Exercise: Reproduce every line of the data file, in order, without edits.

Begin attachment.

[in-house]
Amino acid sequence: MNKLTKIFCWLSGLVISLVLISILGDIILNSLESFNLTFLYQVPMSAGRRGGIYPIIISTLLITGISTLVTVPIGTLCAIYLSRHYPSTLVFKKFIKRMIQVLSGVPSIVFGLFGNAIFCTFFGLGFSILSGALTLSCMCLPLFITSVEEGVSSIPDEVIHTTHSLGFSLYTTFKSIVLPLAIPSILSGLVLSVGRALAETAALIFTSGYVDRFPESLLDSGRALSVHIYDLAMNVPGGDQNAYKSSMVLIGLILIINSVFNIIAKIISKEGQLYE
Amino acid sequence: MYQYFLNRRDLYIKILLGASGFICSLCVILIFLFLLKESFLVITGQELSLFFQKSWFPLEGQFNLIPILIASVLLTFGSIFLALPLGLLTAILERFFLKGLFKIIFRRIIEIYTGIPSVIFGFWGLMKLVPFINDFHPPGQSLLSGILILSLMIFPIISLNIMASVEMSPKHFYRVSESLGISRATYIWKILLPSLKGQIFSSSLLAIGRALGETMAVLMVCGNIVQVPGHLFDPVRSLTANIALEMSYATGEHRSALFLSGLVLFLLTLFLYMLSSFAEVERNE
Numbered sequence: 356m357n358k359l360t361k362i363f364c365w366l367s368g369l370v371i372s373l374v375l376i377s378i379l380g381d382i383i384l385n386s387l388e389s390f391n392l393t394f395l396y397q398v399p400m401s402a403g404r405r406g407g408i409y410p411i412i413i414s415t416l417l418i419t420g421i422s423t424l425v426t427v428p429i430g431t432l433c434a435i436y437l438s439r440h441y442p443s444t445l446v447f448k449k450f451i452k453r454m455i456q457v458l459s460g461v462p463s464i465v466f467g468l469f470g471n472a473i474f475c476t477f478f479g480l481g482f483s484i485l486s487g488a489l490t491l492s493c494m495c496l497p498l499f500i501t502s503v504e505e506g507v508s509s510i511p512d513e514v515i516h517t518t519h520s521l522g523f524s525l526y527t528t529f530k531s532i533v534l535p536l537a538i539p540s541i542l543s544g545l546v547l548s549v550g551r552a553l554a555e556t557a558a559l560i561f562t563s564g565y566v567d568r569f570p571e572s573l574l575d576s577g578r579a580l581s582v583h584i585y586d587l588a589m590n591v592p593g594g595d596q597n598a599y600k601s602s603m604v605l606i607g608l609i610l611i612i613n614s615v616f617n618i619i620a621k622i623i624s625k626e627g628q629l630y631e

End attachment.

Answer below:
[in-house]
Amino acid sequence: MNKLTKIFCWLSGLVISLVLISILGDIILNSLESFNLTFLYQVPMSAGRRGGIYPIIISTLLITGISTLVTVPIGTLCAIYLSRHYPSTLVFKKFIKRMIQVLSGVPSIVFGLFGNAIFCTFFGLGFSILSGALTLSCMCLPLFITSVEEGVSSIPDEVIHTTHSLGFSLYTTFKSIVLPLAIPSILSGLVLSVGRALAETAALIFTSGYVDRFPESLLDSGRALSVHIYDLAMNVPGGDQNAYKSSMVLIGLILIINSVFNIIAKIISKEGQLYE
Amino acid sequence: MYQYFLNRRDLYIKILLGASGFICSLCVILIFLFLLKESFLVITGQELSLFFQKSWFPLEGQFNLIPILIASVLLTFGSIFLALPLGLLTAILERFFLKGLFKIIFRRIIEIYTGIPSVIFGFWGLMKLVPFINDFHPPGQSLLSGILILSLMIFPIISLNIMASVEMSPKHFYRVSESLGISRATYIWKILLPSLKGQIFSSSLLAIGRALGETMAVLMVCGNIVQVPGHLFDPVRSLTANIALEMSYATGEHRSALFLSGLVLFLLTLFLYMLSSFAEVERNE
Numbered sequence: 356m357n358k359l360t361k362i363f364c365w366l367s368g369l370v371i372s373l374v375l376i377s378i379l380g381d382i383i384l385n386s387l388e389s390f391n392l393t394f395l396y397q398v399p400m401s402a403g404r405r406g407g408i409y410p411i412i413i414s415t416l417l418i419t420g421i422s423t424l425v426t427v428p429i430g431t432l433c434a435i436y437l438s439r440h441y442p443s444t445l446v447f448k449k450f451i452k453r454m455i456q457v458l459s460g461v462p463s464i465v466f467g468l469f470g471n472a473i474f475c476t477f478f479g480l481g482f483s484i485l486s487g488a489l490t491l492s493c494m495c496l497p498l499f500i501t502s503v504e505e506g507v508s509s510i511p512d513e514v515i516h517t518t519h520s521l522g523f524s525l526y527t528t529f530k531s532i533v534l535p536l537a538i539p540s541i542l543s544g545l546v547l548s549v550g551r552a553l554a555e556t557a558a559l560i561f562t563s564g565y566v567d568r569f570p571e572s573l574l575d576s577g578r579a580l581s582v583h584i585y586d587l588a589m590n591v592p593g594g595d596q597n598a599y600k601s602s603m604v605l606i607g608l609i610l611i612i613n614s615v616f617n618i619i620a621k622i623i624s625k626e627g628q629l630y631e